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A Trip to the Moon is Out of This World

Jordan Wright
December 10, 2012
Special to The Alexandria Times

Here’s the grabber up front.  Synetic Theater’s A Trip to the Moon is one of the most exciting, imaginative, flawless pieces of theatre I’ve seen in light years.  If I were to use a rating system, I would give it five glowing stars.

Pasquale Guiducci, Ben Arden, and Victoria Bertocci in "A Trip to the Moon." Projection Design by Jared Mezzocchi. Photo by Johnny Shryock.

Pasquale Guiducci, Ben Arden, and Victoria Bertocci in "A Trip to the Moon." Projection Design by Jared Mezzocchi. Photo by Johnny Shryock.

In this wonder-filled production Japanese director/writer/illustrator and Georgetown professor, Natsu Onoda Powers brings us a lively triptych of vignettes.  In the first she sources her inspiration from George Melies 1902 silent sci-fi film, Le Voyage Dans La Lune referenced in Martin Scorsese’s recent Oscar-winning film Hugo.  A stage-wide interactive paper scrim delivers illustrations, schematics and film projections dovetailing with the action on stage.  Performers seamlessly slide in and out of invisible openings in the paper and there is a heightened experience achieved by integrating an alternate stage above the main stage.  By incorporating that usually empty third into the design, there is full use of the space for performers to deliver their performances both from above and below.  In one hyperkinetic scene the astronauts, working with a collection of cutout shapes cleverly reconfigure the pieces to depict boats, airplanes and a hot air balloon to create a design for their spacecraft.

The action becomes more and more frenetic including prancing chorus girls and mad scientists whirling about.  It’s an hilarious moment when the man in the moon walks on stage, wrapped in shiny black plastic with a white circle of paper surrounding his face, and is slathered with ‘moon whip’.  With Synetic there is always that connection to the Theatre of the Absurd.

Francesca Jandasek and Colin Analco in "A Tale of the Bamboo Cutter." Photo by Johnny Shryock.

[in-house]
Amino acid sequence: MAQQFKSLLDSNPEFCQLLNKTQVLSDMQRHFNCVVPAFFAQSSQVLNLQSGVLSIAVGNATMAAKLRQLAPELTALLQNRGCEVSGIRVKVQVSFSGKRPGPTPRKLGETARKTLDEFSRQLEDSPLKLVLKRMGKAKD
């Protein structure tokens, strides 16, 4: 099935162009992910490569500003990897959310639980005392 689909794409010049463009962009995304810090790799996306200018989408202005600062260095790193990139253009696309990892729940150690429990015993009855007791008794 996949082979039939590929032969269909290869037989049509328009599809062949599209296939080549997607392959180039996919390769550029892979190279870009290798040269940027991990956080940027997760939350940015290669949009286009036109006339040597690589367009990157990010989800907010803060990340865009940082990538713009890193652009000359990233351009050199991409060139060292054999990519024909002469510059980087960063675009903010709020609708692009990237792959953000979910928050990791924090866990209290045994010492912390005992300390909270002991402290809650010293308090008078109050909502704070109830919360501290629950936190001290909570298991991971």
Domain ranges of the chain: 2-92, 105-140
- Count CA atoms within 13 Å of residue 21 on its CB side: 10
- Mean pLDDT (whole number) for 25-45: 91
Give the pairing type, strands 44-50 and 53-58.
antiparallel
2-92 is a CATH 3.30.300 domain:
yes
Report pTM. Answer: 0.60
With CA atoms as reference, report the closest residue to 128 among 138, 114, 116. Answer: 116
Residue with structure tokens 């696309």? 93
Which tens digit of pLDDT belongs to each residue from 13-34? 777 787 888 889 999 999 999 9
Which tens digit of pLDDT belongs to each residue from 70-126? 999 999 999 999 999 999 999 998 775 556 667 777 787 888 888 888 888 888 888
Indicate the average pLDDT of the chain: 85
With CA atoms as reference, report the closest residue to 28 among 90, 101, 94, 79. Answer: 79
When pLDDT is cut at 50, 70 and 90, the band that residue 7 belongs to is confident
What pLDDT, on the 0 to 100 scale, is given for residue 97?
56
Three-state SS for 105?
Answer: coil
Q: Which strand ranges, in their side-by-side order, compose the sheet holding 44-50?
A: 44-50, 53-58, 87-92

Francesca Jandasek and Colin Analco in "A Tale of the Bamboo Cutter." Photo by Johnny Shryock.

The second in this series of space travels is The Bamboo Cutter, an ancient Japanese tale of a woodsman (played by Colin Analco) who finds a child in a glowing length of bamboo.  He takes her home to his wife and she becomes a beautiful princess with magical powers.  Katrina Clark deftly plays the gossamer moon maiden.  To please her father she must marry but first she orders suitors to pass a rigorous test – to find a silver branch with gold pearls from a treacherous island, a necklace from a dragon and a golden egg.  The young men attempt to woo her with Kendo fighting, song, juggling, pantomime and modern day sign spinning.  There is even a Chippendales-style dancer and a hip-shaking hula hooper bent on winning her affections.

In this piece the costumes by designer Kendra Rai are both fabulous and phantasmagoric with heavily beaded and trimmed robes, gowns and fanciful headpieces.  Sets designed by Giorgos Tsappas, seem lifted from classical 17th Century Japanese paintings.

Karen O'Connell as Laika in "Laika the Space Dog." Photo by Johnny Shryock

Karen O'Connell as Laika in "Laika the Space Dog." Photo by Johnny Shryock

The final story is set in Moscow in the 1950’s.  It is the story of Laika, the first dog to travel to the moon, and is told from the dog’s perspective.  Endearingly and unforgettably performed by Karen O’Connell, who is costumed as the other canines in furry muscular leggings, it is a tale of a little stray who finds her dog family in the mean streets, is then captured and taken to a dismal pound only to be saved by rocketeers for a space mission.  It is told through woofing, yipping, baying and whimpering and through the eyes of the adorable Laika.   If you’re a dog owner, or have ever known a dog, you will howl with pleasure, especially in the indelibly romantic dream sequence of a pas de deux between Laika’s adoptive mother (Francesca Jandasek) and the Moon King (Ben Arden).

Highly recommended.

Through January 6th at Synetic Theater, 1800 South Bell Street, Arlington in Crystal City.  For tickets and information call 1 800 494-8497 or visit  www.synetictheater.org.

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